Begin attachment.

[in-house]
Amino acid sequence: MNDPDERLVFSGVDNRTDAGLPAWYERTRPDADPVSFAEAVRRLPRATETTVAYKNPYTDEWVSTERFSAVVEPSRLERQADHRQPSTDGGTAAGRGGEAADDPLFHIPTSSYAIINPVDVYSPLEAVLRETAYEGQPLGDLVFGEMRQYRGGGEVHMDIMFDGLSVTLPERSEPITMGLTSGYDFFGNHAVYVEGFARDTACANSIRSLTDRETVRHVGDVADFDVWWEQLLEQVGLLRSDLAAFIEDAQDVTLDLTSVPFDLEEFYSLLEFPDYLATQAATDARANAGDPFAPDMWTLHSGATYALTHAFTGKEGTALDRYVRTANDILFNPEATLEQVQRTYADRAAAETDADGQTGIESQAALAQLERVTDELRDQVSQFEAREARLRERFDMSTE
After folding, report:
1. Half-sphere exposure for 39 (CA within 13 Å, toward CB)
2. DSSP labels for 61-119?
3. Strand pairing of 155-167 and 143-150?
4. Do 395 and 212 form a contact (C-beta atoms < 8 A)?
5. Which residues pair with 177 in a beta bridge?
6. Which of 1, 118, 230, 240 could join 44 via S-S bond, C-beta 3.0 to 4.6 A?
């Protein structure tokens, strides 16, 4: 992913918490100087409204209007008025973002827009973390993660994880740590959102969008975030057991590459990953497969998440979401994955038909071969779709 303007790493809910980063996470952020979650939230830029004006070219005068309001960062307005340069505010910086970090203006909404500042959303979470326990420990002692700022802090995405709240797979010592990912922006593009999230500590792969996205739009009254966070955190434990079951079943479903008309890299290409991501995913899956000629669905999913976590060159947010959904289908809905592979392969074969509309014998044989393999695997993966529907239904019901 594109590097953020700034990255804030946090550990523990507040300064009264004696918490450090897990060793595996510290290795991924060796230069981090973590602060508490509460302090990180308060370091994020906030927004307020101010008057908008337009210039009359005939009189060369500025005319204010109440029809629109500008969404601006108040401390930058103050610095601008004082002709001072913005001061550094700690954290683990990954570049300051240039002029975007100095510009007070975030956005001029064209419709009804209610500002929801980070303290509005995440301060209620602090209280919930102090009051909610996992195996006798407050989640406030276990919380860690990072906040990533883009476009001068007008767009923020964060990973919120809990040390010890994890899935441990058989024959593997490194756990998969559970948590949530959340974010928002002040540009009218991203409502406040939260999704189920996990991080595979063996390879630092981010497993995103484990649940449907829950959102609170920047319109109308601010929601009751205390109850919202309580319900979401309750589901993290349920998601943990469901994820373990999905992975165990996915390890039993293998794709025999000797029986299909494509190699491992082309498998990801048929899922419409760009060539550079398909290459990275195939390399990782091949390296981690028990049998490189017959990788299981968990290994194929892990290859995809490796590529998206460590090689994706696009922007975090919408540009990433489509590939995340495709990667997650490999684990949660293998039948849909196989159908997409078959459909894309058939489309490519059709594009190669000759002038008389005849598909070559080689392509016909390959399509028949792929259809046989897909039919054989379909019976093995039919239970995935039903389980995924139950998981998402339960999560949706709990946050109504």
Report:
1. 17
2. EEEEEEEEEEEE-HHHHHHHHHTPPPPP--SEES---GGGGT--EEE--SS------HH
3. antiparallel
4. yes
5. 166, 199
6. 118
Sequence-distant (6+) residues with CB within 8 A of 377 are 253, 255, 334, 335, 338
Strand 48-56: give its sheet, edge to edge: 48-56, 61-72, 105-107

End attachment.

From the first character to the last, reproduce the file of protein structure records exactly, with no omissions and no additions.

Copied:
[in-house]
Amino acid sequence: MNDPDERLVFSGVDNRTDAGLPAWYERTRPDADPVSFAEAVRRLPRATETTVAYKNPYTDEWVSTERFSAVVEPSRLERQADHRQPSTDGGTAAGRGGEAADDPLFHIPTSSYAIINPVDVYSPLEAVLRETAYEGQPLGDLVFGEMRQYRGGGEVHMDIMFDGLSVTLPERSEPITMGLTSGYDFFGNHAVYVEGFARDTACANSIRSLTDRETVRHVGDVADFDVWWEQLLEQVGLLRSDLAAFIEDAQDVTLDLTSVPFDLEEFYSLLEFPDYLATQAATDARANAGDPFAPDMWTLHSGATYALTHAFTGKEGTALDRYVRTANDILFNPEATLEQVQRTYADRAAAETDADGQTGIESQAALAQLERVTDELRDQVSQFEAREARLRERFDMSTE
After folding, report:
1. Half-sphere exposure for 39 (CA within 13 Å, toward CB)
2. DSSP labels for 61-119?
3. Strand pairing of 155-167 and 143-150?
4. Do 395 and 212 form a contact (C-beta atoms < 8 A)?
5. Which residues pair with 177 in a beta bridge?
6. Which of 1, 118, 230, 240 could join 44 via S-S bond, C-beta 3.0 to 4.6 A?
């Protein structure tokens, strides 16, 4: 992913918490100087409204209007008025973002827009973390993660994880740590959102969008975030057991590459990953497969998440979401994955038909071969779709 303007790493809910980063996470952020979650939230830029004006070219005068309001960062307005340069505010910086970090203006909404500042959303979470326990420990002692700022802090995405709240797979010592990912922006593009999230500590792969996205739009009254966070955190434990079951079943479903008309890299290409991501995913899956000629669905999913976590060159947010959904289908809905592979392969074969509309014998044989393999695997993966529907239904019901 594109590097953020700034990255804030946090550990523990507040300064009264004696918490450090897990060793595996510290290795991924060796230069981090973590602060508490509460302090990180308060370091994020906030927004307020101010008057908008337009210039009359005939009189060369500025005319204010109440029809629109500008969404601006108040401390930058103050610095601008004082002709001072913005001061550094700690954290683990990954570049300051240039002029975007100095510009007070975030956005001029064209419709009804209610500002929801980070303290509005995440301060209620602090209280919930102090009051909610996992195996006798407050989640406030276990919380860690990072906040990533883009476009001068007008767009923020964060990973919120809990040390010890994890899935441990058989024959593997490194756990998969559970948590949530959340974010928002002040540009009218991203409502406040939260999704189920996990991080595979063996390879630092981010497993995103484990649940449907829950959102609170920047319109109308601010929601009751205390109850919202309580319900979401309750589901993290349920998601943990469901994820373990999905992975165990996915390890039993293998794709025999000797029986299909494509190699491992082309498998990801048929899922419409760009060539550079398909290459990275195939390399990782091949390296981690028990049998490189017959990788299981968990290994194929892990290859995809490796590529998206460590090689994706696009922007975090919408540009990433489509590939995340495709990667997650490999684990949660293998039948849909196989159908997409078959459909894309058939489309490519059709594009190669000759002038008389005849598909070559080689392509016909390959399509028949792929259809046989897909039919054989379909019976093995039919239970995935039903389980995924139950998981998402339960999560949706709990946050109504």
Report:
1. 17
2. EEEEEEEEEEEE-HHHHHHHHHTPPPPP--SEES---GGGGT--EEE--SS------HH
3. antiparallel
4. yes
5. 166, 199
6. 118
Sequence-distant (6+) residues with CB within 8 A of 377 are 253, 255, 334, 335, 338
Strand 48-56: give its sheet, edge to edge: 48-56, 61-72, 105-107